Thoughts from Sounderland — Obagoal leads Sounders to victory

Lies, damn lies, and statistics.  Nothing will invoke the ire of the many American soccer fans quite like the perceived intrusion of statistical analysis into their “beautiful game”.  Obsession with numbers is considered a hallmark of the big league American sports, and a similar approach to soccer is often unwelcome as an unnecessary “Americanization” of the game.  Never mind that most advanced soccer stats are being formulated, tracked, and analyzed in Europe – and it is in fact a trend that has been gradually trickling across the Atlantic.

It was Caleb Porter who warned us last fall about the “puppet of statistics” after his Portland side came away from a first-leg 2-1 win in Seattle despite his side being the lesser of the two in possession and shots.  “Goals are the only statistic that matters” is another popular bromide, lifted – as are most of our popular soccer colloquialisms – from a typical Sky Sports broadcast of an EPL match.  On Saturday, Seattle only managed one – just enough to win.  That the lone goal came in the 8th minute seems to indicate a team sitting on their one goal lead for 82 minutes.  But for those of us who watched the match, it didn’t feel that way.  It felt as though the Sounders were in control throughout and really ought to have added to the lead.  Sure, the eyeball test is a good one, but we can also be biased observers, and we may want something to back up our perceptions.  In Saturday’s case, we have statistics to do that.

It really is the passing…

Both teams passed well on Saturday.  San Jose had slightly more pass attempts (472 to 455) while Seattle had slightly better accuracy (82 percent – 80 percent).  Possession was virtually dead even, San Jose enjoying the slightest advantage with 50.6 percent – but given the imprecise nature of the possession stat I’m just going to call it 50/50.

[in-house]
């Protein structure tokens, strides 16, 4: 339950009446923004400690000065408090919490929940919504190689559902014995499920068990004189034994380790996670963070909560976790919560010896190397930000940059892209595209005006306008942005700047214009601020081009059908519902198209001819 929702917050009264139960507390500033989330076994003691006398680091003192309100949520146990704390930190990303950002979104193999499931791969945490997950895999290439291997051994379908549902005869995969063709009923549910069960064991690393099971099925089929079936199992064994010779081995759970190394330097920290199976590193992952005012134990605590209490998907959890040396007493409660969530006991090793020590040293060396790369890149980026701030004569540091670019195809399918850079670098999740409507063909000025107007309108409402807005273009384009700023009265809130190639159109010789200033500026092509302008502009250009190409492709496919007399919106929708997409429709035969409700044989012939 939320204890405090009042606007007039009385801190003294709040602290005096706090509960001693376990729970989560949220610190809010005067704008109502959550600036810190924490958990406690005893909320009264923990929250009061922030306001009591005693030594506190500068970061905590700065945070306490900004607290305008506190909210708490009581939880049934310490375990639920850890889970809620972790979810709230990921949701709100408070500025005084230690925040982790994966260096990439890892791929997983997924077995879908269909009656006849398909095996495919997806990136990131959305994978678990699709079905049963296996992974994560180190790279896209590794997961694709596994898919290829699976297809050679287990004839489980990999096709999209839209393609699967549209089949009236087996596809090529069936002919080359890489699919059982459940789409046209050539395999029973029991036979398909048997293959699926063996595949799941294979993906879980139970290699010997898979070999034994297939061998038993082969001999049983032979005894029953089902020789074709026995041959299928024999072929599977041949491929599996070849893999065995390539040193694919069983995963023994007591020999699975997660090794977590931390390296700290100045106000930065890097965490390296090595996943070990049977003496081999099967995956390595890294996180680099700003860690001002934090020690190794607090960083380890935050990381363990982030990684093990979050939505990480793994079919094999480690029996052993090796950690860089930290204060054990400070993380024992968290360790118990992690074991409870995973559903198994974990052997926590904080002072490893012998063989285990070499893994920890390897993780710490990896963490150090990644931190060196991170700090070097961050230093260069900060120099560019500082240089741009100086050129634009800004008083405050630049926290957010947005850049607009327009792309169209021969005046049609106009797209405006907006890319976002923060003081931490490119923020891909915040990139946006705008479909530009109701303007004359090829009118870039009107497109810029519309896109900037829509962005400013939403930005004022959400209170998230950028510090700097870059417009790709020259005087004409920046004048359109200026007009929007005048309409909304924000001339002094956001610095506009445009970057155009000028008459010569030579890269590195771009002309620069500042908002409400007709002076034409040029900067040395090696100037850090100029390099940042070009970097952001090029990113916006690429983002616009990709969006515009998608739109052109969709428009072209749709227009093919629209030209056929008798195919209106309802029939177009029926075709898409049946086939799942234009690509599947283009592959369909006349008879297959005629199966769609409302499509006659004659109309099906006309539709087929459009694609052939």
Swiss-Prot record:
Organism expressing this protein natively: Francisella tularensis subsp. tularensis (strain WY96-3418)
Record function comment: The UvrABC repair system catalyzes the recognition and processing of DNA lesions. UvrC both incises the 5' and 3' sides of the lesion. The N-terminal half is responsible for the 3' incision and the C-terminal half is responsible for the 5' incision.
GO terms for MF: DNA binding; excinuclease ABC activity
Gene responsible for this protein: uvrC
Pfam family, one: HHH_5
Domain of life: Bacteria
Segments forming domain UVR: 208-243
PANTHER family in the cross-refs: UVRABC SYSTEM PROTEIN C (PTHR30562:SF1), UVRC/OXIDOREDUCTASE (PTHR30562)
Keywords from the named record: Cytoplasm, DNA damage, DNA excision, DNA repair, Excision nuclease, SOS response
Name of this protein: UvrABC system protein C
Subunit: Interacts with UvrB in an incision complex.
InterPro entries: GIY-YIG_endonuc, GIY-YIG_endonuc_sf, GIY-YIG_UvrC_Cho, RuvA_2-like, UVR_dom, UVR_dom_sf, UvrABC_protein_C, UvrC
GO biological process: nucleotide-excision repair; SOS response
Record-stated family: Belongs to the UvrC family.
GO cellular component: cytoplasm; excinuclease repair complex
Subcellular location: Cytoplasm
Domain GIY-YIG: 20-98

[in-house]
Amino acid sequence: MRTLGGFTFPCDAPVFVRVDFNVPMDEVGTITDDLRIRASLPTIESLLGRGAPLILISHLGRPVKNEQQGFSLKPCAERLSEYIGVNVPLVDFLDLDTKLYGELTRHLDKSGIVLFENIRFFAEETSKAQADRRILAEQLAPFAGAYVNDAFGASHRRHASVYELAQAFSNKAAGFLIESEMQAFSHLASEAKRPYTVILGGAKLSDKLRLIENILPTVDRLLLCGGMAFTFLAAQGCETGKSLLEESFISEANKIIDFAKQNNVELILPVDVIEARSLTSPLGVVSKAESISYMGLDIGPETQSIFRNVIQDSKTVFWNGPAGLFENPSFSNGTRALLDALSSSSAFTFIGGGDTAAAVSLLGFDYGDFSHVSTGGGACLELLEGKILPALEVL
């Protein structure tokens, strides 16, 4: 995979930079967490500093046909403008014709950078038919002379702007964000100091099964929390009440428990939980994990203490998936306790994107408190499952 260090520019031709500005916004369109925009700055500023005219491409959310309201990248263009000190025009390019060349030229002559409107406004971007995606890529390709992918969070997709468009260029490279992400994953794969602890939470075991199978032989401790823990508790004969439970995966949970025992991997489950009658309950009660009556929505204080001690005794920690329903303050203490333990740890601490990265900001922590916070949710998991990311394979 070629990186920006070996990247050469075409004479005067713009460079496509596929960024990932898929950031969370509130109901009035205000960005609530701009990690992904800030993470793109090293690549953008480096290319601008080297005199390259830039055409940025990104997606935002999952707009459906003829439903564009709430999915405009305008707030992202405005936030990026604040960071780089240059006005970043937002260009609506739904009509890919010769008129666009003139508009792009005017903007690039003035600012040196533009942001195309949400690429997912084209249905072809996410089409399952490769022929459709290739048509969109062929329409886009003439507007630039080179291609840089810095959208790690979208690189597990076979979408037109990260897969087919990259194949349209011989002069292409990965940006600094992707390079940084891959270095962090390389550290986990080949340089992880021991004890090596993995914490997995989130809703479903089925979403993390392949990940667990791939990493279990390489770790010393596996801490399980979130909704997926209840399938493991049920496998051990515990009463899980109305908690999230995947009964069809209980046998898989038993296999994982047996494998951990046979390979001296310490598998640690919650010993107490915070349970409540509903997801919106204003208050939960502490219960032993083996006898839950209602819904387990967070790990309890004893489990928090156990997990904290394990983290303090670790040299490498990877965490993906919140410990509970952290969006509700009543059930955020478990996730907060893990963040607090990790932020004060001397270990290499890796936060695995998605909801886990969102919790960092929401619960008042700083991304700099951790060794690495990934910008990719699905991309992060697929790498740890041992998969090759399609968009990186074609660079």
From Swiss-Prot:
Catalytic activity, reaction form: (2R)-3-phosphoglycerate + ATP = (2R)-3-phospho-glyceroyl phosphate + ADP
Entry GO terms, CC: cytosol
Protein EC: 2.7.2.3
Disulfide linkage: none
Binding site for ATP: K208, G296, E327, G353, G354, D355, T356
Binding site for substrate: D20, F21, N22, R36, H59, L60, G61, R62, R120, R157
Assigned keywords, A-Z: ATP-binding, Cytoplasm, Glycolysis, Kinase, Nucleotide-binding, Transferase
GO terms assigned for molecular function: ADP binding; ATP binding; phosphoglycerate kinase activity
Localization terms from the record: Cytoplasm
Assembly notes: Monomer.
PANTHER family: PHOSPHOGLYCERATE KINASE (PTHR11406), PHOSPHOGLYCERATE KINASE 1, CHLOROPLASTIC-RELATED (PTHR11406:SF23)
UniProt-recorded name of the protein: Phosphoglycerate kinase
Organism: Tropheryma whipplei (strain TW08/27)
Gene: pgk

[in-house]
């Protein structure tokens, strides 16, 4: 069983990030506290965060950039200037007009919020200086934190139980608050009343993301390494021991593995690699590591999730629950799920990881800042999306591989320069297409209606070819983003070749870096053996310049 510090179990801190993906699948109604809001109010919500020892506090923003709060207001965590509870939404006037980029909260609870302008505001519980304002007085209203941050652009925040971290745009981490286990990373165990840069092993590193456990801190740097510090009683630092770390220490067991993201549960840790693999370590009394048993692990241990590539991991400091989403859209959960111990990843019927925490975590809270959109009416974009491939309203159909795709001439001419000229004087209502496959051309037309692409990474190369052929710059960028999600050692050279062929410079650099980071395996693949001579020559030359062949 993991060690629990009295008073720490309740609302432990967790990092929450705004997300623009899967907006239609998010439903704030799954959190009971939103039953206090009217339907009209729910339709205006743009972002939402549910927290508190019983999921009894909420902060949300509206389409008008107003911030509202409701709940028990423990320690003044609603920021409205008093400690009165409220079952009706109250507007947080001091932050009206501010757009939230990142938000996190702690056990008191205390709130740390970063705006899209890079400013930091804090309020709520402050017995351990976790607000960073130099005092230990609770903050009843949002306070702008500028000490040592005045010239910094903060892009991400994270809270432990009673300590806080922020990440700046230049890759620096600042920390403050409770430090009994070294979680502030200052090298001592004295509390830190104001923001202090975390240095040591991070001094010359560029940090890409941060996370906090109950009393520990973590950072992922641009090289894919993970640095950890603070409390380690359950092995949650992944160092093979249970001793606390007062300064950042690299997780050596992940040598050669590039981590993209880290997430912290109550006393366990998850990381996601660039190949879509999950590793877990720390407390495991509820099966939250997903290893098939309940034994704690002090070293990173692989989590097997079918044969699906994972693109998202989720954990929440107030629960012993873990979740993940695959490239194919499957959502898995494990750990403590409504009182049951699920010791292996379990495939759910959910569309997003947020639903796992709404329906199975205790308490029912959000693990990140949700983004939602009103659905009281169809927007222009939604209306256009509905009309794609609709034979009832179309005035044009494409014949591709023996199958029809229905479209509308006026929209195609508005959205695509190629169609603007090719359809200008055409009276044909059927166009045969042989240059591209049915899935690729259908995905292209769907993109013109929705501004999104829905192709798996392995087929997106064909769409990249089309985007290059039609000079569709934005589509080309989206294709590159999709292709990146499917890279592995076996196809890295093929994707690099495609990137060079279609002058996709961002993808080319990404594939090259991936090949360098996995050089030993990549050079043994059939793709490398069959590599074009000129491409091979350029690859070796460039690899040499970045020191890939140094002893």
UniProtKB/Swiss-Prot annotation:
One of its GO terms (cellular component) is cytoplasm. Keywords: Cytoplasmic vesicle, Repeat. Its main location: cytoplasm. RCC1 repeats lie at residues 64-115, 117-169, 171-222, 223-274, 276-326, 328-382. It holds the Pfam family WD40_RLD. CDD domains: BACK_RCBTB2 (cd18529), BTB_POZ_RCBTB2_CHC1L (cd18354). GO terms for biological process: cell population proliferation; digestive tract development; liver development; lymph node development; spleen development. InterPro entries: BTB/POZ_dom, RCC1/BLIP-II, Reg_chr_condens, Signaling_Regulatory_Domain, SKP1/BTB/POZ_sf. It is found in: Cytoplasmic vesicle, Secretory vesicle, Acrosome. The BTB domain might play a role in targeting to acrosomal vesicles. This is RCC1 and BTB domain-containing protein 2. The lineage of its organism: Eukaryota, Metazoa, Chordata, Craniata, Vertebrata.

The deciding factor at play in this match was where those passes took place.  While much of the game was a midfield possession battle – 52 percent of the OPTA trackable actions took place in the middle 3rd – the Sounders kept the ball out of their end with only 17 percent of the action in the defensive third.

Key Passes were another revealing metric.  Seattle had 15 (Lamar Neagle lead the way with three, despite a poor 18 for 32 overall passing performance), San Jose just five.  Good passing leads to good shooting, and Seattle doubled San Jose 16 to 8, with five on target – Neagle leading the way with three of them – while San Jose’s lone SOT came on a 90′ set piece and was easily saved by Stefan Frei.

I will be the first to tell you that none of these statistics are the end-all-be-all .  Not all great scoring chances result in a shot – in fact one of Jon Busch’s better “saves” Saturday came in stopping what would’ve been an own-goal.  A 30-yard shot right at the ‘keeper may not be as good a chance as a re-direct from six yards out that just trickles wide.  A CDM and fullback exchanging  five-yard passes in their own half can pad passing stats without representing any meaningful contribution to the game.  But what these metrics can do is help us tell the story of a match; and in Saturday’s case it was a somewhat easy win despite there just being the one goal.

Former Sounder of the week

Cordell Cato was San Jose’s best player in a severely depleted side, with 3 key passes and a game high six tackles.  It’s worth noting The 21 year-old Trinidadian right mid/right back scored the only goal against San Jose in a 2012 US Open Cup quarterfinal match.